Transvenous implantation of pacemakers (PM), implantable cardioverter-defibrillators (ICDs), and cardiac resynchronization therapy (CRT) comprises the positioning of up to three leads in the right ventricle (RV) and/or atrium (RA) as well as in the coronary sinus (CS) where applicable. Standard care and current guidelines do not recommend routine antithrombotic therapies after PM, ICD, or CRT unless due to other indications like atrial fibrillation or history of thromboembolic events. The prognostic impact of asymptomatic lead-associated intracardiac thrombi has not been investigated thoroughly and in relation to different clinical situations.
We retrospectively analyzed a consecutive all-comers cohort of 634 patients undergoing implantation of PM, ICD or CRT. Patients were stratified into two groups by the presence of lead-associated intracardiac thrombi (n=81) in echocardiography. The primary combined endpoint (EP) was defined as all-cause death, the occurrence of thromboembolic events (stroke, myocardial infarction, pulmonary embolism, venous and arterial thrombosis), and endocarditis during a median follow-up (FU) of 7.3 years.
Baseline characteristics showed that patients with lead-associated thrombi were younger (p=0.02), suffered significantly less often from atrial fibrillation (p=0.001) and underwent transeptal puncture less frequently (p=0.011), while they were more often on NSAIDs (p=0.021) and presented less often with RV dysfunction, elevated pulmonary artery pressure and severe tricuspid regurgitation (p<0.05). During FU 238 patients reached the combined EP, while 80 patients reached the secondary EP all-cause death. Cox regression analysis of the total cohort revealed age and the use of NSAIDs as independent predictors of adverse outcome, while the presence of lead-associated intracardiac thrombi was not associated with the occurrence of the primary EP. Interestingly, only age remained an independent predictor of all-cause mortality in our patient cohort, although patients with lead-associated thrombi showed a higher mortality rate by trend (LogRank 15.05, p=0.058) and increased thromboembolic events, however not statistically significant. Subgroup analysis of patients undergoing transseptal puncture due to necessary cardiac interventions did also not show increased occurrence of EPs in patients with lead-associated intracardiac thrombi. Another subgroup analysis revealed that patients on antithrombotic therapy showed a significant increase of the occurrence of EP and all-cause death, which both were still independent from the presence of intracardiac thrombi.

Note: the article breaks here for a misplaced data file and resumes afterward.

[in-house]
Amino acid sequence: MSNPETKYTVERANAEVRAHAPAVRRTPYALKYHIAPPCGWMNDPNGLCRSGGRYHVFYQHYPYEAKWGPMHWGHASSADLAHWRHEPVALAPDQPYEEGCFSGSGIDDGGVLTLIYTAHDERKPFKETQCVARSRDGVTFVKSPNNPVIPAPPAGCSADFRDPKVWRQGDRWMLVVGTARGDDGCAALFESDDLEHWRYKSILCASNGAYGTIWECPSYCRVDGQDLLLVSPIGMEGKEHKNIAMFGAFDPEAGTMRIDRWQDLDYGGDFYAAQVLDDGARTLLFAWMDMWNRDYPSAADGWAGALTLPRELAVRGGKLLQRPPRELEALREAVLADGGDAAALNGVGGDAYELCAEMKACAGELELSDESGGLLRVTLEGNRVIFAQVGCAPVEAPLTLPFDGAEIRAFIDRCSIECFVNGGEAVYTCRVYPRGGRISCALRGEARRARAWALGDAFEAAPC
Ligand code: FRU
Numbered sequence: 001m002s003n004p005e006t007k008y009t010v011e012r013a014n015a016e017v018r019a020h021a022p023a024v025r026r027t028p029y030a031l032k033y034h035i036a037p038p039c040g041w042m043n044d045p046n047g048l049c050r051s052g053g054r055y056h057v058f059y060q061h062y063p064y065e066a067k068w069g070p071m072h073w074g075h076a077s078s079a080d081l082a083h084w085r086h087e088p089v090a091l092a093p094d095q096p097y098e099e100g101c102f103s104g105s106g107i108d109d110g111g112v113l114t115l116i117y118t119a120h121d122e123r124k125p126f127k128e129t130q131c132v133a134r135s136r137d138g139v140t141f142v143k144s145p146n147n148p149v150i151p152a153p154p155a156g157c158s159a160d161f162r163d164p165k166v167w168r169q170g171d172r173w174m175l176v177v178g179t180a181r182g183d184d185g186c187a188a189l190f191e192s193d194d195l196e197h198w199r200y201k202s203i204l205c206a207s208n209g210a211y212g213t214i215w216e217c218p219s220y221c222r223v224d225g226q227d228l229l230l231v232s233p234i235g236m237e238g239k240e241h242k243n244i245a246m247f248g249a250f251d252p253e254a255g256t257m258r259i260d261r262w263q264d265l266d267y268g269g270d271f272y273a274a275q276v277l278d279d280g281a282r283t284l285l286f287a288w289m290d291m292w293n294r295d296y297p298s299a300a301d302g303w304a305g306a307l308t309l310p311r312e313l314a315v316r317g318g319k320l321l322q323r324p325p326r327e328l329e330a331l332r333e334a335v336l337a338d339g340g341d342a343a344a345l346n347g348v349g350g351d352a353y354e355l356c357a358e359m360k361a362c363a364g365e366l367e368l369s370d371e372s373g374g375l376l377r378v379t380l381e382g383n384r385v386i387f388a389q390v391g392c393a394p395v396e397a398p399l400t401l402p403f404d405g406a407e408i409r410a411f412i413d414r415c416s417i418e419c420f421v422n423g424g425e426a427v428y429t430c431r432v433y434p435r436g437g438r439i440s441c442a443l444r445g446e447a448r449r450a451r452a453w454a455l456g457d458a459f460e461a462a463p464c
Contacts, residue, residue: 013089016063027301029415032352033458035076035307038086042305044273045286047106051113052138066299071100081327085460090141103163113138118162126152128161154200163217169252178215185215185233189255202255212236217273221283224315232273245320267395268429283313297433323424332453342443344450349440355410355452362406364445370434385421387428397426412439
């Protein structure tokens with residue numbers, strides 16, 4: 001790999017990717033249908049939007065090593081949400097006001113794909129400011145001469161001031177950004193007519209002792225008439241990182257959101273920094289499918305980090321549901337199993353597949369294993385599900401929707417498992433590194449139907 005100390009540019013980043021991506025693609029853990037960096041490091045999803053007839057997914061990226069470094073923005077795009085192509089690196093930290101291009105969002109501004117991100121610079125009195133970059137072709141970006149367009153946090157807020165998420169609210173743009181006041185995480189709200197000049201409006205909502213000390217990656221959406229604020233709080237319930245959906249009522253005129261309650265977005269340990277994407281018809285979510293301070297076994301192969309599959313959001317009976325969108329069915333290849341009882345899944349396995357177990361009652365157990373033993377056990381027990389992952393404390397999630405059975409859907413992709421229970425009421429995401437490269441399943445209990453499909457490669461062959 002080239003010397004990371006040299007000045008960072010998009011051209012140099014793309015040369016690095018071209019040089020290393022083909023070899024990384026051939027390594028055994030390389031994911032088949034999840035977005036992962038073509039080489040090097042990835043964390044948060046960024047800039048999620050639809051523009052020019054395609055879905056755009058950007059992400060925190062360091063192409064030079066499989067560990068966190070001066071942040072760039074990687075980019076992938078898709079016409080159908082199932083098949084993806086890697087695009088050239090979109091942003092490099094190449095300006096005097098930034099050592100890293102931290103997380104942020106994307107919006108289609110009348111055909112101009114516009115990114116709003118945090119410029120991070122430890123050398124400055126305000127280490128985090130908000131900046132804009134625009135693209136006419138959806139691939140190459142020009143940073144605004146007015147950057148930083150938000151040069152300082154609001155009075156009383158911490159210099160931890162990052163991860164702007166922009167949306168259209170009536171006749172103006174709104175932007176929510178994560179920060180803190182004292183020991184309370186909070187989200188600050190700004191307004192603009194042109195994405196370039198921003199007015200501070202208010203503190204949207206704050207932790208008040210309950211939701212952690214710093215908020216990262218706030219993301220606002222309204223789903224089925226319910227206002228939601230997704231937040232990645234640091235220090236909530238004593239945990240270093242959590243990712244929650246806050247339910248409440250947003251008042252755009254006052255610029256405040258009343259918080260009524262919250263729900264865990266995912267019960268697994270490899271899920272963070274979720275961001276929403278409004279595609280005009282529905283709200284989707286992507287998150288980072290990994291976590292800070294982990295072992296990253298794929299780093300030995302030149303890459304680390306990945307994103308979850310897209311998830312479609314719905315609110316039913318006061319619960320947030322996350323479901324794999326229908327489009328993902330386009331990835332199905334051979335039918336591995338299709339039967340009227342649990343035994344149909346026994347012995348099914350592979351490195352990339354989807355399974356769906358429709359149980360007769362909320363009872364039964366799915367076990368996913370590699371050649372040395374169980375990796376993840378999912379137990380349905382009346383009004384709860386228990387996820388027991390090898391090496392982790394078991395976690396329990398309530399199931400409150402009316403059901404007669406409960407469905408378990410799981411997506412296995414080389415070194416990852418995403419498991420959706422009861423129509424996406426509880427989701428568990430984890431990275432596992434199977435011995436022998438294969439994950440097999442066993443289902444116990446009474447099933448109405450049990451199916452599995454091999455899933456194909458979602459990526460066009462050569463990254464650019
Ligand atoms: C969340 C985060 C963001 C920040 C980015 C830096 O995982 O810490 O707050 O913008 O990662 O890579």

Our findings suggest that the presence of asymptomatic lead-associated intracardiac thrombi is not associated with adverse clinical outcome independently of clinical high-risk constellations like concomitant transseptal puncture or in relation to antithrombotic therapy strategies. Routine antithrombotic therapy of asymptomatic lead-associated intracardiac thrombi is not recommended unless there are other clinical indications for antithrombotic pharmacological therapy.